On April 11, 2013, John J. Barbera, a Senior Partner at Martin Clearwater & Bell LLP, gave a presentation at the NYS Judicial Institute via webinar to New York State’s Supreme Court Judges and their clerks as part of the Judiciary’s Continuing Legal Education program. Mr. Barbera discussed the implications of the Federal HIPAA Privacy Rule for protected health information, and the multi-regulatory framework in New York State in the setting of third party subpoena’s seeking disclosure of medical records of non-consenting patients. The lecture illustrated the complex statutory framework applicable under Federal and State Law by reviewing two cases emanating from New York Family Court and the New York Supreme Court. One of the cases discussed concerned a recent Court of Appeals decision which created a limited “implied” exception to CPLR 4505, the statutory “Physician – Patient Privilege” in New York. Under New York Common law no such privilege existed.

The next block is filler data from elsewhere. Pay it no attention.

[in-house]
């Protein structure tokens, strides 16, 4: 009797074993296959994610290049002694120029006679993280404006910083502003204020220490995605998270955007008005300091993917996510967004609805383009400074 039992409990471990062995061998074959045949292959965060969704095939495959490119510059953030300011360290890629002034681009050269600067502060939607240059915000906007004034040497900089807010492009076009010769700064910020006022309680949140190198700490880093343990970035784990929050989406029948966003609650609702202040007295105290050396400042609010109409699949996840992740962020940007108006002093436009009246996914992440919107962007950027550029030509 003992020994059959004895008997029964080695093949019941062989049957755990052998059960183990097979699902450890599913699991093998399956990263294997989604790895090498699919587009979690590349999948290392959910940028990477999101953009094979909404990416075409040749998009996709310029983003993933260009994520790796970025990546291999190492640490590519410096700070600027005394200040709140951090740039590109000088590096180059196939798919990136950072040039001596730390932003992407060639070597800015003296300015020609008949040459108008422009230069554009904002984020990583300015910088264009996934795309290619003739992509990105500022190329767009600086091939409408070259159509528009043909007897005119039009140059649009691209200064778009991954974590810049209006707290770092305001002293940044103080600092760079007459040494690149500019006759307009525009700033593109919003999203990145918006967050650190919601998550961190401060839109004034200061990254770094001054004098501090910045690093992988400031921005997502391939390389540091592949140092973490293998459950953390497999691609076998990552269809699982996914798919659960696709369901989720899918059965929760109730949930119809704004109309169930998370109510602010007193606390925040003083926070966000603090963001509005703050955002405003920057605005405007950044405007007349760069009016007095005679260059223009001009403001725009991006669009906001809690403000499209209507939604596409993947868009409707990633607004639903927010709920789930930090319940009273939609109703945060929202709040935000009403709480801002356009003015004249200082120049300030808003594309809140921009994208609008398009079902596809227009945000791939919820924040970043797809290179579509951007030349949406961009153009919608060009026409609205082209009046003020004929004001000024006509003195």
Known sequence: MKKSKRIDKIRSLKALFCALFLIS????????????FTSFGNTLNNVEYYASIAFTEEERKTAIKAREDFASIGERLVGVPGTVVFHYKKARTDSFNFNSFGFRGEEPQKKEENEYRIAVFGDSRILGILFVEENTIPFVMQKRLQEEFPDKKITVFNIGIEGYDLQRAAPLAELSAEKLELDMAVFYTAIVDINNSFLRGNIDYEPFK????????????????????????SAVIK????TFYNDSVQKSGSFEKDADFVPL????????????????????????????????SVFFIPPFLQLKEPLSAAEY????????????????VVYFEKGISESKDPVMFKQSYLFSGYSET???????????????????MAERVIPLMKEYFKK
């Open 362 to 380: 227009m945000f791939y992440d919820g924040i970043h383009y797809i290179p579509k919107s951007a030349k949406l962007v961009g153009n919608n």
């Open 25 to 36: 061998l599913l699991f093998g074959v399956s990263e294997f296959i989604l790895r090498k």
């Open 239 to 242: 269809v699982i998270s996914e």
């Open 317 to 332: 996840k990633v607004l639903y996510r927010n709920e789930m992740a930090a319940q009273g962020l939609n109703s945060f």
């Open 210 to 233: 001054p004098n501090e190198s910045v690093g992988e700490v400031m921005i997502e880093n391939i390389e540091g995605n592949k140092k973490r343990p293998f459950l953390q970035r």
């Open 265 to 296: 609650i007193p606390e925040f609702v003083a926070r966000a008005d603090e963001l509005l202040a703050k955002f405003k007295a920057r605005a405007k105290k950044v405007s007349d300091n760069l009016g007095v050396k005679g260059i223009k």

In the Matter of New York City HHC v. New York State Commission of Correction, 19 NY3d 241 (2012), the New York State Court of Appeals reversed lower court rulings in a case involving a quashed subpoena for the medical records of a deceased inmate. Despite there being no express statutory exception to allow for such disclosure absent an authorization from the patient’s estate, the Court held that the broad scope of investigatory powers provided by the legislature to the NYS Commissioner of Correction implicitly allowed for the right to obtain such records as part of its obligation to investigate inmate deaths. The case provided a backdrop to the rich regulatory framework in New York which provides significant protections and safeguards to prevent the unauthorized disclosure of protected heath information. Mr. Barbera’s discussion highlighted and contrasted the legitimate needs of those entities seeking the protected health information with those of the health care entities seeking compliance with the relevant laws that authorize disclosure of protected heath information in certain circumstances.